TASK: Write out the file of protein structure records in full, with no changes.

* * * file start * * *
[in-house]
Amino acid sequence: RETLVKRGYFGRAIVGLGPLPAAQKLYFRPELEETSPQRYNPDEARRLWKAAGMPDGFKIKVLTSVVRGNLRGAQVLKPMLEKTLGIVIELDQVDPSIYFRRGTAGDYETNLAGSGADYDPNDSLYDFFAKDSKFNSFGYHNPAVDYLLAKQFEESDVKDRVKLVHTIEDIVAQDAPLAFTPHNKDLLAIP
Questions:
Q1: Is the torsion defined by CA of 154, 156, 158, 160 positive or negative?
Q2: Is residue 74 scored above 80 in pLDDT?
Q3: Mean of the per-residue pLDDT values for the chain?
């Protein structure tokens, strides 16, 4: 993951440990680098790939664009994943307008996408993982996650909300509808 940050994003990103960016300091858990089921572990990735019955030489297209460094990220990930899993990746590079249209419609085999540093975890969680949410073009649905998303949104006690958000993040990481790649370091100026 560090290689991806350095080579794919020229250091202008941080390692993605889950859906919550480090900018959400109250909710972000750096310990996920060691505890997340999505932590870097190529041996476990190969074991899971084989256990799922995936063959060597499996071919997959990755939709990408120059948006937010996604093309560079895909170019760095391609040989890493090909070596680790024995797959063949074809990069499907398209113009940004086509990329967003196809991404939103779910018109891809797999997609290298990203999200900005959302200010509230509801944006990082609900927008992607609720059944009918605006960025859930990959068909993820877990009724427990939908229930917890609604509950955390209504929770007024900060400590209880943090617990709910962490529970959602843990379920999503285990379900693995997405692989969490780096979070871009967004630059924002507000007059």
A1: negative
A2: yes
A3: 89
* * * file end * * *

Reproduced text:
[in-house]
Amino acid sequence: RETLVKRGYFGRAIVGLGPLPAAQKLYFRPELEETSPQRYNPDEARRLWKAAGMPDGFKIKVLTSVVRGNLRGAQVLKPMLEKTLGIVIELDQVDPSIYFRRGTAGDYETNLAGSGADYDPNDSLYDFFAKDSKFNSFGYHNPAVDYLLAKQFEESDVKDRVKLVHTIEDIVAQDAPLAFTPHNKDLLAIP
Questions:
Q1: Is the torsion defined by CA of 154, 156, 158, 160 positive or negative?
Q2: Is residue 74 scored above 80 in pLDDT?
Q3: Mean of the per-residue pLDDT values for the chain?
């Protein structure tokens, strides 16, 4: 993951440990680098790939664009994943307008996408993982996650909300509808 940050994003990103960016300091858990089921572990990735019955030489297209460094990220990930899993990746590079249209419609085999540093975890969680949410073009649905998303949104006690958000993040990481790649370091100026 560090290689991806350095080579794919020229250091202008941080390692993605889950859906919550480090900018959400109250909710972000750096310990996920060691505890997340999505932590870097190529041996476990190969074991899971084989256990799922995936063959060597499996071919997959990755939709990408120059948006937010996604093309560079895909170019760095391609040989890493090909070596680790024995797959063949074809990069499907398209113009940004086509990329967003196809991404939103779910018109891809797999997609290298990203999200900005959302200010509230509801944006990082609900927008992607609720059944009918605006960025859930990959068909993820877990009724427990939908229930917890609604509950955390209504929770007024900060400590209880943090617990709910962490529970959602843990379920999503285990379900693995997405692989969490780096979070871009967004630059924002507000007059």
A1: negative
A2: yes
A3: 89